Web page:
Jonathan Kassi of Van Nuys, CA, was arrested on Monday for allegedly posing as a teenage girl online and sharing explicit photos with Ryan Last, 17, before demanding $5,000 from him
Kassi, 25, allegedly threatened to share the photos of the boy to his friends and family if he didn’t pay up, leading Last to take his own life in February
Kassi had knocked down his initial demand from $5,000 to $150, but was insistent on being paid
Investigators said Kassi was connected to a larger ‘sextortion’ ring, based in West Africa The ‘sextortionist’ reached out to the high school senior in February, pretending to be a girl and sent the teen naked pictures
After Last sent explicit photos of himself back, the scammer revealed himself and demanded money from the 17-year-old’s college savings
His mother, Pauline Stuart, said his suicide note revealed how afraid and embarrassed he was about falling for the scam
Case became a symbol for the rise in ‘sextortionists’ targeting kids, especially teenage boys who’re then extorted for money
These type scams are on the rise with the FBI reporting more than 18,000 cases last year at least 3,000 young victims this year
Authorities said the scam artists stole an estimated $13 million in 2021 and has it has led to more than a dozen suicides this year
The schemes have led to more than a dozen suicides this year, the most the Department of Justice has scene from such crimes
The ‘sextortionist’ who allegedly posed as a teen girl and drove a 17-year-old boy to suicide after threatening to post explicit photos of him was finally arrested.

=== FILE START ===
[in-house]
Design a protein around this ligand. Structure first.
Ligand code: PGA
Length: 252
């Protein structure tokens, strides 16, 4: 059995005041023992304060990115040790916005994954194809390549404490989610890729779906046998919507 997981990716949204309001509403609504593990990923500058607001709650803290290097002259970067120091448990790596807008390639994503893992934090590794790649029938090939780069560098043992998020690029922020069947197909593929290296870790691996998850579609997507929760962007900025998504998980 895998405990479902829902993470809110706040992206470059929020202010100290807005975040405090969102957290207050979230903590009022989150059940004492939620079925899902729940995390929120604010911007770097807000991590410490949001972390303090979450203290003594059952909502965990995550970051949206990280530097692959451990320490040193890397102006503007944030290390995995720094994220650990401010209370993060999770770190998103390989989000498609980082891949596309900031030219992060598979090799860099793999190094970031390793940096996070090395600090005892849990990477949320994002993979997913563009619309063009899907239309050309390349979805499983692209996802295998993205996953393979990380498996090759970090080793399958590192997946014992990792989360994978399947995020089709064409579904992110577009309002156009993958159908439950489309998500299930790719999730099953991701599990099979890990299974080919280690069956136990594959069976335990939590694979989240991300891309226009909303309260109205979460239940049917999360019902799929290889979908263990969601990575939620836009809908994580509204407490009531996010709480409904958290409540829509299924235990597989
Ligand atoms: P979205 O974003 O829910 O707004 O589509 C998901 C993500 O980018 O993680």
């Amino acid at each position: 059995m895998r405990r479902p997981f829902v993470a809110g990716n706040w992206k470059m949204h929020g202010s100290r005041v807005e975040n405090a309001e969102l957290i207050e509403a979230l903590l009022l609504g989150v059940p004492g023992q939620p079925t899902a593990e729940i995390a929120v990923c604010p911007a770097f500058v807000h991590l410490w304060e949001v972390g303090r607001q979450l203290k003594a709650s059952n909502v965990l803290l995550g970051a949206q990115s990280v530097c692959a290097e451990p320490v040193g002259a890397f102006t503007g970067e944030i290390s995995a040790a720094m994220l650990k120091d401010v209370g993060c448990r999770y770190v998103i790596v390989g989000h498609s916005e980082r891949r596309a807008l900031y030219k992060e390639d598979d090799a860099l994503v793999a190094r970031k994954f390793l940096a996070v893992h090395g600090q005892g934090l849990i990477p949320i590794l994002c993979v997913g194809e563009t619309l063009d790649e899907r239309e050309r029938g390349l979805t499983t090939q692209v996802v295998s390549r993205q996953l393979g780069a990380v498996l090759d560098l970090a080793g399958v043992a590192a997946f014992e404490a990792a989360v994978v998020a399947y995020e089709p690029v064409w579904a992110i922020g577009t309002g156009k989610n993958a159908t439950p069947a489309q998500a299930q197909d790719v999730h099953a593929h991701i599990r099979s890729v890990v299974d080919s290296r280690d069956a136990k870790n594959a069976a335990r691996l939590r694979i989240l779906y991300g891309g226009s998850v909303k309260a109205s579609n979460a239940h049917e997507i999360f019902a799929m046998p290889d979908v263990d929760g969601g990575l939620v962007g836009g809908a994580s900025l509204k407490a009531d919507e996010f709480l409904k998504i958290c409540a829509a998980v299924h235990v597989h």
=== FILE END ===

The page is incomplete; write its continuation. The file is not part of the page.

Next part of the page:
Ryan Last, a 17-year-old straight-A student from San Jose, who was making plans to attend Washington State University, died by suicide in February when he could not had over $5,000 to his blackmailer Jonathan Kassi.
Kassi, 25, is suspected of catfishing Ryan Last – pretending to be a girl sharing naked photos with Last before blackmailing the unsuspecting teenager.
The case gained national prominence after Last’s mother, Pauline Stuart, appeared on the Dr. Phil Show, urging parents to be on the look out for predators targeting their children online.
Kassi was arrested on Thursday in Van Nuys, California, north of Los Angeles.
Kassi was arraigned at the Santa Clara County Superior Court on Monday where he was charged with extortion and attempted disorderly conduct by posting photographs or recordings without consent, KTVU reported. His bail was set at $250,000.
The San Jose Police Internet Crimes Against Children said the Kassi was connected to a much larger ‘sextortion’ syndicate based in West Africa, and had been using the usernames Emily Smith and Cassie Jonathan to sexually exploit children on social media.
According to Last’s family and investigators, Kassi had sent the teen a naked photo they claimed was of themselves, then asked him to send one back in return.
Immediately after the scammer tricked Last into sending an intimate photo of himself, he demanded $5,000 from the teen or else they would share the photo of him online.